In the ongoing disruption of the global economy, Vietnam is emerging as a clear winner. Its economy is expected to grow by 4.8% of GDP in 2021, according to the World Bank.
To be sure, the Covid-19 pandemic has hit Vietnam this summer, after the country was largely successful at curtailing the virus in 2020. That will hurt the country’s second half of 2021, but long-term trends still support Vietnam establishing itself as a major economic power.
Crucial to its rise are powerful manufacturing and shipping sectors, which benefited the most of any major trading power from the global economic recovery in 2021, according to an analysis by Trade Data Monitor, the world’s premier source of trade statistics.
Overall, Vietnamese exports rose 28.9% to $158.3 billion in the first six months of 2021. In June, exports increased 20.5% year-on-year to $27.2 billion. Vietnamese imports increased 35.8% to $159.3 billion during the first six months of 2021. Vietnam’s GDP in 2021 is expected to be a bit under $300 billion, making it a rare country whose total trade is twice that of GDP, without the stimulus of oil or mining resources.
The country of 96.5 million has taken its place as the prime beneficiary of China’s changing trade relationships with the U.S. and Europe, rising protectionism in the West, supply chain adjustments, and the boom in economies across Asia. The combination of low labor costs, stable exchange rates and prodigious foreign investment from multinational companies have turned Vietnam into a shining star.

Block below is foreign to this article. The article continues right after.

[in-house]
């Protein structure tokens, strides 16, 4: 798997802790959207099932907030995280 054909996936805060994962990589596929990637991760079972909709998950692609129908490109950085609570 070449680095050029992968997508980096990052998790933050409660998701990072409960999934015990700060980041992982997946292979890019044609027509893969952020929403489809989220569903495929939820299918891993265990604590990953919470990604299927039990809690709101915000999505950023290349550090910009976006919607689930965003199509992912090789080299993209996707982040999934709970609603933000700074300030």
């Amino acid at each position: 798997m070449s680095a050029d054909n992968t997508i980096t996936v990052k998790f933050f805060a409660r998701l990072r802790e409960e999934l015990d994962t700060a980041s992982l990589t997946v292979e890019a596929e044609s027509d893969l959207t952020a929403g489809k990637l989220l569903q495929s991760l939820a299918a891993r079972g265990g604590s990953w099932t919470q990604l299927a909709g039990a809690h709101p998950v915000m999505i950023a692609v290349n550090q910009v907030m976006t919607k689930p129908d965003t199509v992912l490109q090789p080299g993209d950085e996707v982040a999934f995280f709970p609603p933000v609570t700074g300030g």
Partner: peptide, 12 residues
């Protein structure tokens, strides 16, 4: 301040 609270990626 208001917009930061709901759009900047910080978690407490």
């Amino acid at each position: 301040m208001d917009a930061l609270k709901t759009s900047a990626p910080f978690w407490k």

It’s the versatility of the Vietnamese export machine that makes the country’s future especially bright. Vietnam’s factories make everything from Nike and Adidas shoes to Samsung and Apple phones, as well as wide varieties of furniture and electronics. It’s also been boosting its shipments of heavy industrial goods like iron and steel, according to TDM data.
By far, the biggest buyer of Vietnamese exports has been the U.S. It’s the world’s top consumer market, which indicates how vital Vietnam has become to the world’s top consumer manufacturing companies.
Overall, the U.S. boosted shipments from Vietnam 44.7% in the first six months of 2021, to $47.8 billion. By comparison, Vietnamese exports to the EU increased 18.2% to $19.4 billion. It’s possible that the two Asian power will divide up the world: China will become Europe’s principal manufacturer, and Vietnam, that of the U.S. Exports to China rose 24.7% to $24.5 billion. The biggest category of Vietnamese exports to the U.S. was electronics, up 43.5% to $15 billion, followed by furniture and bedding, up 74.5% to $6.8 billion.
Overall, Vietnamese exports of iron and steel exports rose 116.9% to $4.5 billion, and exports of footwear increased 27.7% to $10.3 billion, underscoring the diversity of its economy.
On the import side, Vietnam is still shipping in many outfits imports as part of corporate supply chains. Imports from the U.S., for example, rose only 8.3%, to $7.6 billion during the first six months of 2021, while imports from China rose 51.6% to $52.9 billion in the first six months of 2021.
The exception is Australia, which has grabbed much bigger shares on Vietnamese import markets. Australia boosted exports to Vietnam 62.5% to $3.4 billion in the first six months of 2021. The bulk of that was essential commodities, such as iron ore, cereals, copper and cotton, according to TDM data.
Australia, which has a tense trading relationship with China, increased imports from Vietnam 32.7% to $2.6 billion in the first six months of the year. Vietnam is now Australia’s third source of electronics, behind only China and the U.S. Overall, Vietnam increased shipments of electronics 37.4% to $932.1 million. Vietnam is also grabbing market share in other sectors that China has dominated. It ramped up exports of footwear 57.1% to $258.1 million, and increased sales of furniture and bedding 53.6% to $131.4 million.